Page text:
Applications of Coronary CTA in Stable Ischaemic Heart Disease

In the stable symptomatic population, the role of coronary CT angiography is growing as an initial test of choice in symptomatic patients with suspected CAD. The recent The National Institute for Health and Care Excellence guidelines, published in the United Kingdom, have recommended offering coronary CT angiography as a first-line test in patients with suspected stable angina. This recommendation has placed coronary CTA at the forefront of diagnostic imaging in this selected group of patients, ahead of any functional imaging strategy. Providing strong evidence in support of this recommendation were the results of the recent SCOT-HEART (Scottish Computed Tomography of the HEART) study, which demonstrated that the adoption of coronary CTA in addition to standard care led to improved clarity of the diagnosis of angina secondary to coronary heart disease, changes in therapy, and more appropriate referrals for invasive angiography. A landmark analysis of the trial demonstrated that there was a halving of fatal and non-fatal myocardial infarction in the CTA arm.26,27 This may be the first large randomized trial to show that a noninvasive imaging modality results in improved patient outcomes with respect to cardiac events.

Coronary CTA as a Gatekeeper to the Catheterization Laboratory

The above considerations suggest that coronary CTA is well-positioned to become a gatekeeper to the catheterization laboratory; however, its application in this regard is not always simple. The influence of coronary CTA on subsequent management is illustrated in case examples in Figure 3. When the findings are completely normal, treatment and subsequent testing is clear. The very high negative predictive value—the definitive ability to rule out CAD and the associated long "warranty period"—allows for reassurance to the patient, reducing the need for subsequent testing, and appropriately selecting patients who may not need aggressive preventive medications. The identification of nonobstructive CAD can prompt the use of aggressive evidence-based therapies, which is likely to ultimately improve long-term outcomes. When proximal high-grade stenosis is found, referral for invasive coronary angiography would be indicated (Figures 4-5).28 When lesions causing borderline stenosis (categorized as 50-69%) or non-critical stenosis (categorized as 70-89%) or in which dense calcification reduces accuracy of stenosis assessment are identified, further testing such as stress imaging is often needed to appropriately select the patients most likely to have flow-limiting disease for invasive angiography. The use of CT perfusion or FFRCT may allow the assessment of this functional significance of most of these lesions from the single CTA examination.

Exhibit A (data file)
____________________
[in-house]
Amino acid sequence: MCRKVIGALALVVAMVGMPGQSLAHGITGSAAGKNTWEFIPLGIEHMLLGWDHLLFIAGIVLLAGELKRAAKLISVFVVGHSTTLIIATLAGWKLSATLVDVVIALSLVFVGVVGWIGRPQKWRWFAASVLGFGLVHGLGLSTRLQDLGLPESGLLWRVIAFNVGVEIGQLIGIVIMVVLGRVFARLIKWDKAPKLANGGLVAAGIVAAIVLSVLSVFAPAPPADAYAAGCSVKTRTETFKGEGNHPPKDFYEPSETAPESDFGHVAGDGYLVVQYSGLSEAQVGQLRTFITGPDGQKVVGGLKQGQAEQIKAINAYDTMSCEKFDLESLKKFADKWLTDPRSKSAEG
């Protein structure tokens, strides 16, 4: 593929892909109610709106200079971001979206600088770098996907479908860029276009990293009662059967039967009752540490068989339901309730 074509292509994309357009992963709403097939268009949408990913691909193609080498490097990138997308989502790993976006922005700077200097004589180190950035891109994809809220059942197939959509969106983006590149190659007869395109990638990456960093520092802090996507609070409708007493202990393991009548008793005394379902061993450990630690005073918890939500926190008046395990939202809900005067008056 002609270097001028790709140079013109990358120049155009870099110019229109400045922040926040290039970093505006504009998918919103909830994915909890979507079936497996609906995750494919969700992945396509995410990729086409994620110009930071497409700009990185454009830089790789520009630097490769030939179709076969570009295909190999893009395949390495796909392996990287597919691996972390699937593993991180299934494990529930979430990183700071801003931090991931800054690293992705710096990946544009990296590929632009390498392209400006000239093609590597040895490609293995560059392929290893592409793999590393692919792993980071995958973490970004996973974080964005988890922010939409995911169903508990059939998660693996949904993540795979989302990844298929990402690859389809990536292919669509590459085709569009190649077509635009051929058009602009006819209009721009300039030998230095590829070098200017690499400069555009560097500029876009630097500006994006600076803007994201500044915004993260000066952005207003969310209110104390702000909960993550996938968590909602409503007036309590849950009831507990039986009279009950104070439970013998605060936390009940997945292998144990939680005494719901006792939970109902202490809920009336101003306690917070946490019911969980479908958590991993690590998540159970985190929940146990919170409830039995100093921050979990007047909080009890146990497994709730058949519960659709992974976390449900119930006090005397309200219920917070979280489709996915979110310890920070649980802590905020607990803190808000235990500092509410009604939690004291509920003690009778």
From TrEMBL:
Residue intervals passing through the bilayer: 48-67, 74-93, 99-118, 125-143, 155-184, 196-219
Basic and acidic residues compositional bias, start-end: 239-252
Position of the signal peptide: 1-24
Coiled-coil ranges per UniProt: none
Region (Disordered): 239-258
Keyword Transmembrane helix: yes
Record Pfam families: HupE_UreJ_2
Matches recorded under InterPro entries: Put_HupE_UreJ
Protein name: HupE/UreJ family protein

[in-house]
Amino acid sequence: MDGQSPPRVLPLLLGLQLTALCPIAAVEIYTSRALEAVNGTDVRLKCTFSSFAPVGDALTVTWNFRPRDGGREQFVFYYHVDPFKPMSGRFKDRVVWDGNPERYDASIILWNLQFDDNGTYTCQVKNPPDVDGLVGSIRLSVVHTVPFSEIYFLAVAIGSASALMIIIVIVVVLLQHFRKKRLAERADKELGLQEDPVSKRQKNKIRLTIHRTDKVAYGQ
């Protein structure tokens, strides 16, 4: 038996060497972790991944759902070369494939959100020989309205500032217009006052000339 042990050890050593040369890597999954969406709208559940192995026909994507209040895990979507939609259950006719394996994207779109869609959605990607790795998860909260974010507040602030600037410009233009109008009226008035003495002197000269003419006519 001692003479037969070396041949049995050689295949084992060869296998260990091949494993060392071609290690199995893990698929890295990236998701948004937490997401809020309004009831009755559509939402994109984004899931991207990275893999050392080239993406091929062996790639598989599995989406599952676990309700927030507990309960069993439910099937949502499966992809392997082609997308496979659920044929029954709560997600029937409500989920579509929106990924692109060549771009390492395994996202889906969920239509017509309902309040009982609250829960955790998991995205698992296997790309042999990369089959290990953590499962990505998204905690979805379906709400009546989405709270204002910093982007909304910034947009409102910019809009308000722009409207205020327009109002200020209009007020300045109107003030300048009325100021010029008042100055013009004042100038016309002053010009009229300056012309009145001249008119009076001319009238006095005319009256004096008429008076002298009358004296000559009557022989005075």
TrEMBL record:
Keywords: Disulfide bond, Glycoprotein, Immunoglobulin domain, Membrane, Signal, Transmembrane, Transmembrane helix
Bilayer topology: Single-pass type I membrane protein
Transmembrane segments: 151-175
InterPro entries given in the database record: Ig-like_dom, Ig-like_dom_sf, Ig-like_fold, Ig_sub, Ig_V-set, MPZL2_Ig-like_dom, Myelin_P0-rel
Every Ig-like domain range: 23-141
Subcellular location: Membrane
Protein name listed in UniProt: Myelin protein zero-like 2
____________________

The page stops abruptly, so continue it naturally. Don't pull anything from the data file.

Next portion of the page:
Figure 3: FFRCT for Evaluation of Lesion-Specific Ischemia

Figure 3
(Case 1) Evidence of stenosis in the left anterior descending artery on CTA. Invasive coronary angiography was performed with FFR, which demonstrated an FFR value of 0.65. FFRCT was performed in the same vessel and demonstrated an FFRCT value of 0.62, implying lesion-specific ischemia. (Case 2) Evidence of stenosis in the right coronary artery on CTA. Invasive coronary angiography was performed with FFR and revealed no evidence of lesion-specific ischemia. Similarly, FFRCT results replicated those of the invasive FFR. Adapted from Min et al., 2016.29

Figure 4

Figure 4
Coronary CTA approach to diagnosis and management of CAD in symptomatic patients with an intermediate pre-test likelihood of CAD.

Figure 5

Figure 5
Coronary CTA approach to diagnosis and management of CAD in symptomatic patients with an intermediate pre-test likelihood of CAD. Adapted from Berman et al., 2016.28


As coronary CTA continues to evolve, evidence is mounting that this imaging modality has the potential to markedly reduce the need for diagnostic invasive coronary angiography, reserving this invasive test for those patients likely to require revascularisation. From anatomic information gained from CTA, we are provided the ability to safely obviate the need for further diagnostic testing in those without disease, direct and intensify preventive therapies in those with established atherosclerosis, and ultimately implement appropriate treatment decisions to reduce cardiovascular outcomes. The addition of functional information from CTA itself has the potential to further expand the role of this test as these methods continue to evolve, potentially allowing coronary CTA to act as an effective gatekeeper to the catheterization laboratory.


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Keywords: Acute Coronary Syndrome, Angina, Stable, Arteries, Aspirin, Atherosclerosis, Calcium, Catheterization, Coronary Angiography, Constriction, Pathologic, Coronary Artery Disease, Coronary Stenosis, Follow-Up Studies, Coronary Vessels, Hydroxymethylglutaryl-CoA Reductase Inhibitors, Incidence, Hydrodynamics, Life Style, Myocardial Infarction, Myocardial Ischemia, Patient Care, Lipids, Plaque, Atherosclerotic, Positron-Emission Tomography, Prognosis, Prospective Studies, Referral and Consultation, Registries, Stents, Tomography, Emission-Computed, Single-Photon, Tomography, X-Ray Computed, Diagnostic Imaging, Cardiac Imaging Techniques